Ladies Houppelande

This style appeared in the 1380’s in Europe and was popular well into the 1400’s. The houppelande is really an outer garment that was worn by both men and women. It survives to this day in the form of academic robes and church vestments. It could be long or short (knee length) for men.
Houpplelandes often had very long sleeves and dagged hemlines. The fullness could be caught in with a belt, but the waistline was high, about halfway between the underbust and the true waistline. For noble ladies these gowns were often very long and were worn held up in front of them as it was very fashionable during this time to look pregnant.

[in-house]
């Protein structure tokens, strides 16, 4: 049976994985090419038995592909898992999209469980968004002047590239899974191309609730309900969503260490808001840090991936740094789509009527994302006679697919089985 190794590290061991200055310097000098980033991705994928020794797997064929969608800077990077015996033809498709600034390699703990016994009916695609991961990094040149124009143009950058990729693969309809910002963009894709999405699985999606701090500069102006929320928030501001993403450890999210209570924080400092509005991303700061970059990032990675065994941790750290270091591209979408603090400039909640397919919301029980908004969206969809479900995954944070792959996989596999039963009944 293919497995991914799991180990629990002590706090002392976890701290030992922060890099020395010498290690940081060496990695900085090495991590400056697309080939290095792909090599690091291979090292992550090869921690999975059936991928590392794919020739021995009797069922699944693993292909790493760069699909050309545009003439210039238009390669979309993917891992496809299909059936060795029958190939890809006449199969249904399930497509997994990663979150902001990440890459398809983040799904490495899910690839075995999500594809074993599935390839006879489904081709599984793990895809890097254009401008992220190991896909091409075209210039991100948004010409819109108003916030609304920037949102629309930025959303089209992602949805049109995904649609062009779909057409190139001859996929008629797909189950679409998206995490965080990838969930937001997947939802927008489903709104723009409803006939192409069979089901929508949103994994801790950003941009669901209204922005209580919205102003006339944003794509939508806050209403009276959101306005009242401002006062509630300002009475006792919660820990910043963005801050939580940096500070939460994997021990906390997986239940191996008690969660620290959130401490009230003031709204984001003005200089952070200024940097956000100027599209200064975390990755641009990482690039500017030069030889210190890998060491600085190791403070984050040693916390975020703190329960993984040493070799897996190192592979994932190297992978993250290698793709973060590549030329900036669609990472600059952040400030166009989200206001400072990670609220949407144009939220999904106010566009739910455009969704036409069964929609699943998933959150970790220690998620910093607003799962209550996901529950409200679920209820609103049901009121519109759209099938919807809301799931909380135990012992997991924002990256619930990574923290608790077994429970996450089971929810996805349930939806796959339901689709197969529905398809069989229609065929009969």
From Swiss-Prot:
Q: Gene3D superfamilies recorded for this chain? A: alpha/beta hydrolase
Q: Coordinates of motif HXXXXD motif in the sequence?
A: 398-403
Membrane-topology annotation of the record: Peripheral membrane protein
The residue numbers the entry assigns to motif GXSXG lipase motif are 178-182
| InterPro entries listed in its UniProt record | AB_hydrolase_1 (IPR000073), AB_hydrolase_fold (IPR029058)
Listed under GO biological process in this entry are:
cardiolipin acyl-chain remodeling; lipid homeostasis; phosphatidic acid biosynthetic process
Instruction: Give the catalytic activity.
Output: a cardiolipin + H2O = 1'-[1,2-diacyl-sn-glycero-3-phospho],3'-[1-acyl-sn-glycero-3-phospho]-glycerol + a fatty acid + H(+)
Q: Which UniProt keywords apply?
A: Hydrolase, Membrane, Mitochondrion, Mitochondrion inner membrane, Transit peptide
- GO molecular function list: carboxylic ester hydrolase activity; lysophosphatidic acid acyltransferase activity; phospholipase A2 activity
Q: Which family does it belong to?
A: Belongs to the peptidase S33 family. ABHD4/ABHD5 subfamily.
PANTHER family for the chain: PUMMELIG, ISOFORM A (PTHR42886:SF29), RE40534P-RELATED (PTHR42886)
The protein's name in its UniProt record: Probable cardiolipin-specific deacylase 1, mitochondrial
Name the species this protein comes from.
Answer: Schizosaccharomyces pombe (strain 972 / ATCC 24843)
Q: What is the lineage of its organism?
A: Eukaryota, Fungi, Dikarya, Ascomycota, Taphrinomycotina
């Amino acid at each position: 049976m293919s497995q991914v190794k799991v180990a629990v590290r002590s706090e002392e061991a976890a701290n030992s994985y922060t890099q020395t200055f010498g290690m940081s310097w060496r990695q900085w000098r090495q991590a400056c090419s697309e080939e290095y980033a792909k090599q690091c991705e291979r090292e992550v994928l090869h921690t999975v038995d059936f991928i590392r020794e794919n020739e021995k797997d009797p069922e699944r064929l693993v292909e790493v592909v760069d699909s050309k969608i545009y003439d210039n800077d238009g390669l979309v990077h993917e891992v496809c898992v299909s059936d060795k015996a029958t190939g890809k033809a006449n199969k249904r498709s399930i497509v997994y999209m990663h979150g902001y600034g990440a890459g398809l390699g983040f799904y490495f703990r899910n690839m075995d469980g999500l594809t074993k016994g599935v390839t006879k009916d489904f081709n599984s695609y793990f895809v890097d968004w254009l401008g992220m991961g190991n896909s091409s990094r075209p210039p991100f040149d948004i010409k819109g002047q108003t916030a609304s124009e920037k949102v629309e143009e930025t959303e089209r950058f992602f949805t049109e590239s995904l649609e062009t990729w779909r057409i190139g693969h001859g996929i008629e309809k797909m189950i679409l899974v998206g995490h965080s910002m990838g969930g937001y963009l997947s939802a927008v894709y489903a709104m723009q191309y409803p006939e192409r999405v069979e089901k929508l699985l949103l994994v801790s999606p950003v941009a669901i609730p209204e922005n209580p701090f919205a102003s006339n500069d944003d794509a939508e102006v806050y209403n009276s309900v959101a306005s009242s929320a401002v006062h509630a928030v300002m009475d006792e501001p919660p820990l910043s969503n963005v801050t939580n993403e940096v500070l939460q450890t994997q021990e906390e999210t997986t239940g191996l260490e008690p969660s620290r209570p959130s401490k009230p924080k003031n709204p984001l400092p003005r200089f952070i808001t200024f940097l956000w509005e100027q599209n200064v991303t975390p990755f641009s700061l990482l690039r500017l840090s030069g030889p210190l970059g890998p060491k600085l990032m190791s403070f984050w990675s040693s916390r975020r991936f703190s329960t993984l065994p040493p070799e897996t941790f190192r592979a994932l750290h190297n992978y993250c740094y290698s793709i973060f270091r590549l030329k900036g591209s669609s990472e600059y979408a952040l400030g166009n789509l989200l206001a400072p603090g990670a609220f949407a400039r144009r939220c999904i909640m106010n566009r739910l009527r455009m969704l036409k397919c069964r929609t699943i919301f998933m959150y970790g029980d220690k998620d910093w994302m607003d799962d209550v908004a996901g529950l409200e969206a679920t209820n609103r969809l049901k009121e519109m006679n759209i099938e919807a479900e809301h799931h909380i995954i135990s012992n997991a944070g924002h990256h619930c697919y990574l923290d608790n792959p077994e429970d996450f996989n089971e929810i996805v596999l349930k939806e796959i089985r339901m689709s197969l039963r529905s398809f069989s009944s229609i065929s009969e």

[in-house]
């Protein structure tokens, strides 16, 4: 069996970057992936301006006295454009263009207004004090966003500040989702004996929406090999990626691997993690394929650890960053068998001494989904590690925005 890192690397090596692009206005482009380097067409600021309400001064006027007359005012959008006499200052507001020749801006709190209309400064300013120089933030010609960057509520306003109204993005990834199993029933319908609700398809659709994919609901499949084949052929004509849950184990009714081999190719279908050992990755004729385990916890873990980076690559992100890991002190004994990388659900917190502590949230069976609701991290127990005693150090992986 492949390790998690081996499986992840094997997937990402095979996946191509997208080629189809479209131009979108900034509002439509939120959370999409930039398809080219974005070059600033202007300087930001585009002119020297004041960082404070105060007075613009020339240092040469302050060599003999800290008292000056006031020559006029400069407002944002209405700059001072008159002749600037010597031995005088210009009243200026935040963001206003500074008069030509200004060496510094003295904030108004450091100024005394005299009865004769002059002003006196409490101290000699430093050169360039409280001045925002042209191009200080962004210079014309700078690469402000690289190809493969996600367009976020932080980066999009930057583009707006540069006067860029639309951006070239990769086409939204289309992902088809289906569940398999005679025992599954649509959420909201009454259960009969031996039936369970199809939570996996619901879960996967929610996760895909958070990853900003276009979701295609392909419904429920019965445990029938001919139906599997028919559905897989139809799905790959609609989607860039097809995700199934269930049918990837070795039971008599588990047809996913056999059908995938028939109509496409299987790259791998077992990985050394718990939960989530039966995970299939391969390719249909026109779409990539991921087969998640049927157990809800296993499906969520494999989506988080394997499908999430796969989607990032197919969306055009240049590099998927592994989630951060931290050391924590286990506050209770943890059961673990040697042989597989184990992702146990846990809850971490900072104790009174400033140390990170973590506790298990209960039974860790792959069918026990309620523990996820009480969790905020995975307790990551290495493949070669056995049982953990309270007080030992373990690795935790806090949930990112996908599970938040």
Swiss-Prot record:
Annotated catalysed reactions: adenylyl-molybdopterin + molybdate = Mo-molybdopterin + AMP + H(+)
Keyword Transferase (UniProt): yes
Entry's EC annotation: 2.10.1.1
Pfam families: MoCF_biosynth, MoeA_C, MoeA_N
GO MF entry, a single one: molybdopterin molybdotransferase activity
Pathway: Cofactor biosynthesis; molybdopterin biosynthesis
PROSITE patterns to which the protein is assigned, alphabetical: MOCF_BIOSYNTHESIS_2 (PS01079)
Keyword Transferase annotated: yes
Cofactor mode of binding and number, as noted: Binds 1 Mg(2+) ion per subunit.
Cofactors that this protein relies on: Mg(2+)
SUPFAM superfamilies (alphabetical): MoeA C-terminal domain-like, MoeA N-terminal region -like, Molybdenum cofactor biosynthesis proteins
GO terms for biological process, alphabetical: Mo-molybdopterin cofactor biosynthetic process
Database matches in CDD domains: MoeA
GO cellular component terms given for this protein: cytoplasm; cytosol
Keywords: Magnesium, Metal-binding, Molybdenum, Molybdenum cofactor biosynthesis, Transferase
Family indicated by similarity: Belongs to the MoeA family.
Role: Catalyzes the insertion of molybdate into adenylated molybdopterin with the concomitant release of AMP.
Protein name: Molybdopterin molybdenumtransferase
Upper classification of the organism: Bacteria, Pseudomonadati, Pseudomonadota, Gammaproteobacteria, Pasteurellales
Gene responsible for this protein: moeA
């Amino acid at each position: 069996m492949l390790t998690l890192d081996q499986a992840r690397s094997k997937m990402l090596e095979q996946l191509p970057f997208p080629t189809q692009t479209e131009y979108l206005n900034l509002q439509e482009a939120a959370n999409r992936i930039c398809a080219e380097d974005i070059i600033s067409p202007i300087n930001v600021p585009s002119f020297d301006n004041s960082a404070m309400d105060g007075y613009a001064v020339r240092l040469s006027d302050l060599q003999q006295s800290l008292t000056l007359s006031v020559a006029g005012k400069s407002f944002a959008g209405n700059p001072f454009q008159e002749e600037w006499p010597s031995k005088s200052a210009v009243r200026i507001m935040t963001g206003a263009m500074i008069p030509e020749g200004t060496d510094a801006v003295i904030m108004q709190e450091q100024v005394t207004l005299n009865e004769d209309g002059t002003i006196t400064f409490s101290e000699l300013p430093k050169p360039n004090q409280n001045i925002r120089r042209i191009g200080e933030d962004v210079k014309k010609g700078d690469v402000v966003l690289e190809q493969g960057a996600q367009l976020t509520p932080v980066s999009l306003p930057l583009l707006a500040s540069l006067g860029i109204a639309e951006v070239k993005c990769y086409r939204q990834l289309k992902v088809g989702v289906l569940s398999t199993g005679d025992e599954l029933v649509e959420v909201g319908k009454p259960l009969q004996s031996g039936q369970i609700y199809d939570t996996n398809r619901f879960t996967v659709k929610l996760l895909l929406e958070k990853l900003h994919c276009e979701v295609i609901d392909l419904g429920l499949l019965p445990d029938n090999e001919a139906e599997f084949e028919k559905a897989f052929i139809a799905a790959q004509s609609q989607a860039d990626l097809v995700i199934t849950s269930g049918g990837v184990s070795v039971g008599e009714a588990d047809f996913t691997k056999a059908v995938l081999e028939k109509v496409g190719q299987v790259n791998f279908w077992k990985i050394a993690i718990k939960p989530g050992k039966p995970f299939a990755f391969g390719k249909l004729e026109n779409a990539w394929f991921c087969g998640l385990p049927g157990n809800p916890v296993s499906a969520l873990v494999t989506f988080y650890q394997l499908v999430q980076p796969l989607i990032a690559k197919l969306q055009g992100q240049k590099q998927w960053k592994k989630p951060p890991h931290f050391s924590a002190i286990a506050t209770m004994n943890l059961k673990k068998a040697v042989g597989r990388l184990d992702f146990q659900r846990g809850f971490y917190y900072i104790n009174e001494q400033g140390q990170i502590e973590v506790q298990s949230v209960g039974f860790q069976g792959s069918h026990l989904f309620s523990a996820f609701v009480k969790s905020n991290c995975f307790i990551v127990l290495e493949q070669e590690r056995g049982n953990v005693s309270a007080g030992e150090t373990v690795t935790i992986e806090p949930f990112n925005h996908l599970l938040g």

The headdress is a wimple made from purple taffeta and jacquard ribbon with a gold organza veil (shown on Millinery Page).